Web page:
Read more here: 
Source: The New York Times

Monday, February 25, 2013

No "Negro" on Census Forms

US stopping use of term 'Negro' for census surveys

This handout image obtained by The Associated Press shows question 9: "What is Person 1's race", on the first page of the 2010 Census form, with options for White: Black, African Am., or Negro. After more than a century, the Census Bureau is dropping use of the word "Negro" to describe black Americans in its surveys. Instead of the term popularized during the Jim Crow era of racial segregation, census forms will use the more modern-day labels, “black” or “African-American”. (AP Photo)

WASHINGTON (AP) — After more than a century, the Census Bureau is dropping its use of the word "Negro" to describe black Americans in surveys.

Instead of the term that came into use during the Jim Crow era of racial segregation, census forms will use the more modern labels "black" or "African-American".

The change will take effect next year when the Census Bureau distributes its annual American Community Survey to more than 3.5 million U.S. households, Nicholas Jones, chief of the bureau's racial statistics branch, said in an interview.

He pointed to months of public feedback and census research that concluded few black Americans still identify with being Negro and many view the term as "offensive and outdated."

"This is a reflection of changing times, changing vocabularies and changing understandings of what race means in this country," said Matthew Snipp, a sociology professor at Stanford University, who writes frequently on race and ethnicity. "For younger African-Americans, the term 'Negro' harkens back to the era when African-Americans were second-class citizens in this country."

First used in the census in 1900, "Negro" became the most common way of referring to black Americans through most of the early 20th century, during a time of racial inequality and segregation. "Negro" itself had taken the place of "colored." Starting with the 1960s civil rights movement, black activists began to reject the "Negro" label and came to identify themselves as black or African-American.

Still, the term has lingered, having been used by Martin Luther King Jr. in his speeches. It also remains in the names of some black empowerment groups that were established before the 1960s, such as the United Negro College Fund, now often referred to as UNCF.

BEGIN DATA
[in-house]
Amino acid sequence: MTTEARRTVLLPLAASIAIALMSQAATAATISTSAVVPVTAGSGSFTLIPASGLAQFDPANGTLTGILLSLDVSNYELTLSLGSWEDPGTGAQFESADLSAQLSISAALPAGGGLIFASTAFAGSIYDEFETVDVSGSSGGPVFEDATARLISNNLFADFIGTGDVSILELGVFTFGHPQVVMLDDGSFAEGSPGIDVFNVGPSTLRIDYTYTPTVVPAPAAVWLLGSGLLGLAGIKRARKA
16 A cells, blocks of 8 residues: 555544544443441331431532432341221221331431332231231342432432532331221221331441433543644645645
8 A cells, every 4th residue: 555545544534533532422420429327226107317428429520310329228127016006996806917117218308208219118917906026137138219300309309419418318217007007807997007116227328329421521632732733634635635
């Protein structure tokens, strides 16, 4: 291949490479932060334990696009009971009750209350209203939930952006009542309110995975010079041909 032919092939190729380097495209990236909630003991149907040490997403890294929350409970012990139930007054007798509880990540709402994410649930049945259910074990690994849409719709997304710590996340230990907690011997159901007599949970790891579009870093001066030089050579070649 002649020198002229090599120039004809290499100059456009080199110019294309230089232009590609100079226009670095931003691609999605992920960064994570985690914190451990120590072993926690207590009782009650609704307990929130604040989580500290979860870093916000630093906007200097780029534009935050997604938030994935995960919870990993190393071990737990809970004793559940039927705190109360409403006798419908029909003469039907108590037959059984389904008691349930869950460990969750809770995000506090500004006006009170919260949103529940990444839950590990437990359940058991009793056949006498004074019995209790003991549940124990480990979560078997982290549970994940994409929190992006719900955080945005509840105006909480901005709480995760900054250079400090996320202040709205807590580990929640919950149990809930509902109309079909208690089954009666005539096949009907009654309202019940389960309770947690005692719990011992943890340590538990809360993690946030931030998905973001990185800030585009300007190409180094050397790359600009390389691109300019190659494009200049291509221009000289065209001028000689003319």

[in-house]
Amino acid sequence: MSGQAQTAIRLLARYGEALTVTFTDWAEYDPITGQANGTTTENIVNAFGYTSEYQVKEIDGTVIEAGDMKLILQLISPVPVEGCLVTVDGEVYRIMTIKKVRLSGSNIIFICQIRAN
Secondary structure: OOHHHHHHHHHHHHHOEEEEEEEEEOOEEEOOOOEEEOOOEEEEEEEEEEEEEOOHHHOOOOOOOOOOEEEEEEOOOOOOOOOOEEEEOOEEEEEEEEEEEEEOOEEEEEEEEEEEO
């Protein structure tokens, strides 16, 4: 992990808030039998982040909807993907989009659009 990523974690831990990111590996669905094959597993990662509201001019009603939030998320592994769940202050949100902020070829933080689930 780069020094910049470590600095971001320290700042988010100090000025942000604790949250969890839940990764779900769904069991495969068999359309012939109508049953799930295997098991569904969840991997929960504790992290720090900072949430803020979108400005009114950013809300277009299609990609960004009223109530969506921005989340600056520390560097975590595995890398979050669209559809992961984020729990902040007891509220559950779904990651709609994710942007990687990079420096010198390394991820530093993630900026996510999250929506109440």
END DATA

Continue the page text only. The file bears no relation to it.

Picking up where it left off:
For the 2010 census, the government briefly considered dropping the word "Negro" but ultimately decided against it, determining that a small segment, mostly older blacks living in the South, still identified with the term. But once census forms were mailed and some black groups protested, Robert Groves, the Census Bureau's director at the time, apologized and predicted the term would be dropped in future censuses.

When asked to mark their race, Americans are currently given a choice of five government-defined categories in census surveys, including one checkbox selection which is described as "black, African Am., or Negro." Beginning with the surveys next year, that selection will simply say "black" or "African American."

In the 2000 census, about 50,000 people specifically wrote in the word Negro when asked how they wished to be identified.
Source: HOPE YEN | Associated Press 

Voting Rights Act and Supreme Court

Voting Rights Act 'Bailout Provision' Could Play Outsized Role In Shelby Supreme Court Case

By MARK SHERMAN 02/25/13 03:46 AM ET EST AP
WASHINGTON -- The Obama administration and civil rights groups are defending a key section of the landmark voting rights law at the Supreme Court by pointing reformed state, county and local governments to an escape hatch from the law's strictest provision.
The Voting Rights Act effectively attacked persistent discrimination at the polls by keeping close watch, when it comes to holding elections, on those places with a history of preventing minorities from voting. Any changes, from moving a polling place to redrawing electoral districts, can't take effect without approval from the Justice Department or federal judges in Washington.
But the Voting Rights Act allows governments that have changed their ways to get out from under this humbling need to get permission through a "bailout provision." Nearly 250 counties and local jurisdictions have done so; thousands more could be eligible based on the absence of recent discriminatory efforts in voting.
The viability of the bailout option could play an outsized role in the Supreme Court's consideration of the voting rights law's prior approval provision, although four years ago, conservative Justice Clarence Thomas said the prospect of bailing out had been "no more than a mirage."
The court will hear arguments Wednesday in the case, which is among the term's most important, in a challenge from Shelby County, Ala.
Read more at:
Source: AP and Huff Post

Thursday, February 21, 2013

Bye Bye, Soledad

How will we know who is black in America without Soledad to tell us on CNN? Stay tuned. 

Soledad O'Brien Out As CNN Host, Will Return To Documentaries

Soledad O'Brien is leaving CNN mornings, but she's staying with the network -- sort of.

O'Brien told the New York Times that she is returning to the role she had before she became the host of "Starting Point" in 2011: a roving documentary reporter. The twist this time is that she is forming her own production company and will not be tied exclusively to CNN; she will be able to shop programs to other networks and air them on the Web as well.

O'Brien's future as a regular face on the network was immediately put into doubt when CNN announced that Chris Cuomo would be its new morning host. O'Brien's "Starting Point" had generated plenty of headlines, but was perpetually low-rated.

On Wednesday, Page Six reported that she was headed out the door.

"We had conversations in general about my role at CNN," O'Brien told the Times. "What we ended up with was, they wanted to partner with me, and I wanted to partner with them."